The biotech companies Novartis and Opexa Therapeutics have signed an agreement in which Novartis will pay $4 million for Opexa’s novel adult stem cell technology.
The deal includes $3 million paid up-front, with an additional $1 million in fees that will be distributed over 6 months. Additional future milestone payments are estimated to exceed $50 million, not including royalties.
Novartis will be responsible for the funding of all R&D as well as commercial activities of Opexa’s technology, which enables the production of monocyte-derived stem cells (MDSCs) from blood. Currently the technology is in preclinical development where it was been shown to generate MDSCs from peripheral blood mononuclear cells.
As described on their website, "Opexa is focused on the development of patient-specific cellular therapies for the treatment of autoimmune diseases including multiple sclerosis and diabetes. The company’s lead product is Tovaxin, a T-cell MS vaccine that is specifically tailored to each patient’s disease profile. In October 2008 the company reported positive top-line results from a Phase IIb study in early, relapsing MS patients."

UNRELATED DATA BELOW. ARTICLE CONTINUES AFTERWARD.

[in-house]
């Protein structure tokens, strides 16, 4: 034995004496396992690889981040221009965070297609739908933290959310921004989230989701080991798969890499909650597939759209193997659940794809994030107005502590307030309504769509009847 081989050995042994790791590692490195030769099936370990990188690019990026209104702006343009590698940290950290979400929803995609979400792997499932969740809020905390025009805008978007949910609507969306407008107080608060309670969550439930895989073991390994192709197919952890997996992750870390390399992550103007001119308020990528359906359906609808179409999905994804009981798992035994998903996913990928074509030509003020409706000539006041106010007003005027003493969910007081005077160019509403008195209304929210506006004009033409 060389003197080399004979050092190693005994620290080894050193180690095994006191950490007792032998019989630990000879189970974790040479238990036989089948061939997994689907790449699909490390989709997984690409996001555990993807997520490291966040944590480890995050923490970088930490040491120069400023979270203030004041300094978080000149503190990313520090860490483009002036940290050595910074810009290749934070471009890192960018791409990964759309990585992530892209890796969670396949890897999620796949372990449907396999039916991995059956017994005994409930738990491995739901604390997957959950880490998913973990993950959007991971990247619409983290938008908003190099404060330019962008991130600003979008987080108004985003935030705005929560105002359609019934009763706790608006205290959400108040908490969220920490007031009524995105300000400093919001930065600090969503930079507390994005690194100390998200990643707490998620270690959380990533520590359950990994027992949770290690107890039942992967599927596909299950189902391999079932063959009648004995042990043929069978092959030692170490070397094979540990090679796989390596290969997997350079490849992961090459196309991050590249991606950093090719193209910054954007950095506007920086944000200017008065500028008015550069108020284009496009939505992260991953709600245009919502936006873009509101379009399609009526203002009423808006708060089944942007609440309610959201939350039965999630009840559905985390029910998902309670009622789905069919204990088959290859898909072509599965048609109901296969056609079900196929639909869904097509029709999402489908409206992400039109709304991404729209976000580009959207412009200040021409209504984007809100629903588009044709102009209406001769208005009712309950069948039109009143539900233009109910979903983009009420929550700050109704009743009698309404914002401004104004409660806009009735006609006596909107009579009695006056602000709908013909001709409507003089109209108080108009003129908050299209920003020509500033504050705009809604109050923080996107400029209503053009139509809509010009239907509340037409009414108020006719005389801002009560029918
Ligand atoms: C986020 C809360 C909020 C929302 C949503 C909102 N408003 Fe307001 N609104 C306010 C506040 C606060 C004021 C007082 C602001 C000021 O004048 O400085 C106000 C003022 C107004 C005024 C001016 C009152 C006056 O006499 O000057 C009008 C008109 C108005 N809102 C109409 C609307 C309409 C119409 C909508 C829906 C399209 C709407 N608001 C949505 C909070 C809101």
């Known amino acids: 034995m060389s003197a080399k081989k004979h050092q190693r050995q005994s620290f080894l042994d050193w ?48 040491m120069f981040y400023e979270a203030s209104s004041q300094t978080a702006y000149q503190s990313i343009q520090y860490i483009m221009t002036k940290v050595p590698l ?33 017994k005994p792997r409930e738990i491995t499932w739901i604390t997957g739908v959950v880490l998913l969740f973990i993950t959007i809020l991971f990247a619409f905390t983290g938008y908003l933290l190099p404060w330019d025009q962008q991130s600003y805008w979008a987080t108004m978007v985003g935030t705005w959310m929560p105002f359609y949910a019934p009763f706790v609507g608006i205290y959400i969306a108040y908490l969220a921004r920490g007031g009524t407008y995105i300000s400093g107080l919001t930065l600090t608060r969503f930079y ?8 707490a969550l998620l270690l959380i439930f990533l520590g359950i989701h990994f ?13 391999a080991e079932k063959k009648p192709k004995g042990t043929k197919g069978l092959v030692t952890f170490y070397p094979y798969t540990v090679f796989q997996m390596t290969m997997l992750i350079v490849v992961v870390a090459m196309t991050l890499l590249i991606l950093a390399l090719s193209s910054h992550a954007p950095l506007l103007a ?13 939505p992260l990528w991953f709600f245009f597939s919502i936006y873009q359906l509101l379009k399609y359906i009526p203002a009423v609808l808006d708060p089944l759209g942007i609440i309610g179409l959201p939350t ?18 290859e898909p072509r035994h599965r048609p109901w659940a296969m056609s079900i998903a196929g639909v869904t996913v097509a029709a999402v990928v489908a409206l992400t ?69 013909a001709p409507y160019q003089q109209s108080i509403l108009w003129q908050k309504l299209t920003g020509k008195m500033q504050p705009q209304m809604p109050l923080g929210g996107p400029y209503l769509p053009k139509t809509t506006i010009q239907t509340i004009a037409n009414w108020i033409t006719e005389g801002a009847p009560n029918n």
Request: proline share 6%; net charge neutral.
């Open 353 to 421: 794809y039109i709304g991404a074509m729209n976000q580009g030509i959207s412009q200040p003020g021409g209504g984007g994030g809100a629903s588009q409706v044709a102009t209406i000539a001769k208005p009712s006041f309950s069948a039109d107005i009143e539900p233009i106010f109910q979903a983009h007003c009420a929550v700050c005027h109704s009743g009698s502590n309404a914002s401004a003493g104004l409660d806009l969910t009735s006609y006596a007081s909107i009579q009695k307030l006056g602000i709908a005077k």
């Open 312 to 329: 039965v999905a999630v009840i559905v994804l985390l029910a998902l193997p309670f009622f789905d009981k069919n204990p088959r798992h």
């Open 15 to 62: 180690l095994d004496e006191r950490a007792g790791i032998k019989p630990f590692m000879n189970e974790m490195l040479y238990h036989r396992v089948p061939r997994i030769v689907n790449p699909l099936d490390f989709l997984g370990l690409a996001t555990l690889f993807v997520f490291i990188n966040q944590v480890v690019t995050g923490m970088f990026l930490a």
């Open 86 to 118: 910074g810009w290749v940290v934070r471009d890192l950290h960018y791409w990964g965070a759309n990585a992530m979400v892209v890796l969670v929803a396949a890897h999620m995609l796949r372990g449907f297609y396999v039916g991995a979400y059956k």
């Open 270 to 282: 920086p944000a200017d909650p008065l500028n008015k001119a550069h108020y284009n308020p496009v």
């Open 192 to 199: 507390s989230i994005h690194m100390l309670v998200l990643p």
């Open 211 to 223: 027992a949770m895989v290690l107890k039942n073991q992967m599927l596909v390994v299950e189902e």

Formed in 1996 through the merger of the two companies Ciba-Geigy and Sandoz, Novartis is one of the world’s largest multinational corporations and a leader in healthcare, offering products and services in pharmaceuticals, vaccines and diagnostics. In 2008, Novartis invested $7.2 billion in its R&D, and that same year the company was ranked number 2 in Fortune magazine’s "World’s Most Admired Companies" survey. Novartis currently employs approximately 100,000 people in 140 countries worldwide.